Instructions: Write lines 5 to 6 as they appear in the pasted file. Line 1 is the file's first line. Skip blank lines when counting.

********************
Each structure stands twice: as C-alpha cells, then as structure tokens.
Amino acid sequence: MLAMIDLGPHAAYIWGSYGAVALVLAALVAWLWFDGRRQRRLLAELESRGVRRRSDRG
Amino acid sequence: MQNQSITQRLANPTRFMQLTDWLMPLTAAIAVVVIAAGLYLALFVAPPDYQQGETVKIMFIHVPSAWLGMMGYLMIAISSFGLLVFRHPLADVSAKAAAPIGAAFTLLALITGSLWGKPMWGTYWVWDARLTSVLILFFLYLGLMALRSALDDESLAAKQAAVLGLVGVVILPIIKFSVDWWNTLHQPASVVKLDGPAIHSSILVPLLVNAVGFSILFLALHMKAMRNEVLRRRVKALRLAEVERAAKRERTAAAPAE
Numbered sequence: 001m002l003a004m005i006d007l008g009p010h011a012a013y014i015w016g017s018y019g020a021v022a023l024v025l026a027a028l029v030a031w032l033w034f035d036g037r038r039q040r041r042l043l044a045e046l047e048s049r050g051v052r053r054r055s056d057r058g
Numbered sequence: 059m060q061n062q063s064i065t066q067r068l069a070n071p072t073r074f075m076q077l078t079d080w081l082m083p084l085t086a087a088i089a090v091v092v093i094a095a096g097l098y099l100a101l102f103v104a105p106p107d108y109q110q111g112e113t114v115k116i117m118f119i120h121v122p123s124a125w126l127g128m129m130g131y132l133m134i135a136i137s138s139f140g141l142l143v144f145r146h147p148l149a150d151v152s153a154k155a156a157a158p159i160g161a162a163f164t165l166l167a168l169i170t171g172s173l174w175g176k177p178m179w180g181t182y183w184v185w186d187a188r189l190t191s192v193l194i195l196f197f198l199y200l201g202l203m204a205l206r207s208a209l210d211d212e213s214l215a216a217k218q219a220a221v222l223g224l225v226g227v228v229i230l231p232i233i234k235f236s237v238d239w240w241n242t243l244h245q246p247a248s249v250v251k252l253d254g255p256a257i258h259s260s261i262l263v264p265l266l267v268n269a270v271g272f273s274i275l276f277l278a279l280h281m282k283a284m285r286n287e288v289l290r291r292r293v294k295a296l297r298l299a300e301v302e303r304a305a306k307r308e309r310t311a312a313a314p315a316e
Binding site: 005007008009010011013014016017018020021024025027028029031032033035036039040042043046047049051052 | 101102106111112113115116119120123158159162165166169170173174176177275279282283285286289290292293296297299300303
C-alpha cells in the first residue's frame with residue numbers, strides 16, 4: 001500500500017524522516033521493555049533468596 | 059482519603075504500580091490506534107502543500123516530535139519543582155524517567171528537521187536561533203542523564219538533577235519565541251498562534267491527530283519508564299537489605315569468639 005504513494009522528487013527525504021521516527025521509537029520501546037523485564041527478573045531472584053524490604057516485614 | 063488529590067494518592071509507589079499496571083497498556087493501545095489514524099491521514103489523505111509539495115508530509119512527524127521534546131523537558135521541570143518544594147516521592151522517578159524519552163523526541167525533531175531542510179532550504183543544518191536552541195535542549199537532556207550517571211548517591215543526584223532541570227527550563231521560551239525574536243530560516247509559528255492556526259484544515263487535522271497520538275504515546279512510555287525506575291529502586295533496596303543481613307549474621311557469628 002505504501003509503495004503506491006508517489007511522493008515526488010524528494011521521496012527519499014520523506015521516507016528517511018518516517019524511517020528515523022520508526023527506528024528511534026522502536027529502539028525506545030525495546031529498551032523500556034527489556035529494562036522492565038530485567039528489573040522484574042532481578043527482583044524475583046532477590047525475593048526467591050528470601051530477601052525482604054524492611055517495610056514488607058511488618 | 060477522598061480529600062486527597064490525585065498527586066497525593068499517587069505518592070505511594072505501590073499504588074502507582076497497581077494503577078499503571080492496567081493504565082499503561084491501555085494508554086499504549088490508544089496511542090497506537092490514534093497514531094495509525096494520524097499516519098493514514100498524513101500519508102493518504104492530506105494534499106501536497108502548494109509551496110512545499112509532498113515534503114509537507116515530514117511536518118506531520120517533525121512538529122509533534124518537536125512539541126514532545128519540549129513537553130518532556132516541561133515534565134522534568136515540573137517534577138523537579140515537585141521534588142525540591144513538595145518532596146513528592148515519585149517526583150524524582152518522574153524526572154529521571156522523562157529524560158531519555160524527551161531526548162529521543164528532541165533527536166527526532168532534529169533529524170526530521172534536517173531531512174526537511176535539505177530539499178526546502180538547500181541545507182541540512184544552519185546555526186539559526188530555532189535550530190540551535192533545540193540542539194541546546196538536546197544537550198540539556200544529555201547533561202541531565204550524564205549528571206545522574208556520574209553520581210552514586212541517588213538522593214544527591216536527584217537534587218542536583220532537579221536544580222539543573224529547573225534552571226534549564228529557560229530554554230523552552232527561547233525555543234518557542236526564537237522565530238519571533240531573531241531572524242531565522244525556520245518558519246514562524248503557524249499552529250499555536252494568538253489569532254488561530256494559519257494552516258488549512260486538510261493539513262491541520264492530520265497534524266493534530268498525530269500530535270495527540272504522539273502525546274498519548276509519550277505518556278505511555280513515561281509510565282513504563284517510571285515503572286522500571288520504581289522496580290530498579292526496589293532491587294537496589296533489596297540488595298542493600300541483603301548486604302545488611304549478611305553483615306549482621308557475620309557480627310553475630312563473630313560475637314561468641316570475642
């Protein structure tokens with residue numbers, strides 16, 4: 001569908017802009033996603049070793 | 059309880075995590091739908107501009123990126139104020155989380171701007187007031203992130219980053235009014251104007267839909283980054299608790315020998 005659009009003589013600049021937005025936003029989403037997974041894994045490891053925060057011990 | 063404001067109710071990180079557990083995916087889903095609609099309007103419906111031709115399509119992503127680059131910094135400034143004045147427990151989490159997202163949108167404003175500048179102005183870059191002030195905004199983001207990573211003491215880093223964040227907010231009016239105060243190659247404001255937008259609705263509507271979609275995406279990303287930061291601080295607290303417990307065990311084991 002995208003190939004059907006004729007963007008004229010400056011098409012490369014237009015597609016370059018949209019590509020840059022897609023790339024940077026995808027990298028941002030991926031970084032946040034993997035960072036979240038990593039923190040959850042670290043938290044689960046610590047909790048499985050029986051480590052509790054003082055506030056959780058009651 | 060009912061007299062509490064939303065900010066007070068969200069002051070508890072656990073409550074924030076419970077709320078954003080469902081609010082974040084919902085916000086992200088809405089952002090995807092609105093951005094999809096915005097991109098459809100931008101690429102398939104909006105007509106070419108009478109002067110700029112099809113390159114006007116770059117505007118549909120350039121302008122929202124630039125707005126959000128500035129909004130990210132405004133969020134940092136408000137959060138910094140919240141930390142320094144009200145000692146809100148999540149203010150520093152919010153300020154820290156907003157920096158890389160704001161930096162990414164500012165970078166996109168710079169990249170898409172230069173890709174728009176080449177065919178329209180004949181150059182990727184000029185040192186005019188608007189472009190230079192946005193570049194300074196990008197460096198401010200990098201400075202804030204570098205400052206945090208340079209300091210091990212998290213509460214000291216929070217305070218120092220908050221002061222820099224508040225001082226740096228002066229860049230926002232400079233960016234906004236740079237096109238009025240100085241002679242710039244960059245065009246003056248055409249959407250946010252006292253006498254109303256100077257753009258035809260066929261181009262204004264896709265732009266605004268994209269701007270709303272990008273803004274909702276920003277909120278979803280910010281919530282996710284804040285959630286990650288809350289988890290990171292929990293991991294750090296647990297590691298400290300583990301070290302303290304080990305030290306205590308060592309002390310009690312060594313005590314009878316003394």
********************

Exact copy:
Numbered sequence: 059m060q061n062q063s064i065t066q067r068l069a070n071p072t073r074f075m076q077l078t079d080w081l082m083p084l085t086a087a088i089a090v091v092v093i094a095a096g097l098y099l100a101l102f103v104a105p106p107d108y109q110q111g112e113t114v115k116i117m118f119i120h121v122p123s124a125w126l127g128m129m130g131y132l133m134i135a136i137s138s139f140g141l142l143v144f145r146h147p148l149a150d151v152s153a154k155a156a157a158p159i160g161a162a163f164t165l166l167a168l169i170t171g172s173l174w175g176k177p178m179w180g181t182y183w184v185w186d187a188r189l190t191s192v193l194i195l196f197f198l199y200l201g202l203m204a205l206r207s208a209l210d211d212e213s214l215a216a217k218q219a220a221v222l223g224l225v226g227v228v229i230l231p232i233i234k235f236s237v238d239w240w241n242t243l244h245q246p247a248s249v250v251k252l253d254g255p256a257i258h259s260s261i262l263v264p265l266l267v268n269a270v271g272f273s274i275l276f277l278a279l280h281m282k283a284m285r286n287e288v289l290r291r292r293v294k295a296l297r298l299a300e301v302e303r304a305a306k307r308e309r310t311a312a313a314p315a316e
Binding site: 005007008009010011013014016017018020021024025027028029031032033035036039040042043046047049051052 | 101102106111112113115116119120123158159162165166169170173174176177275279282283285286289290292293296297299300303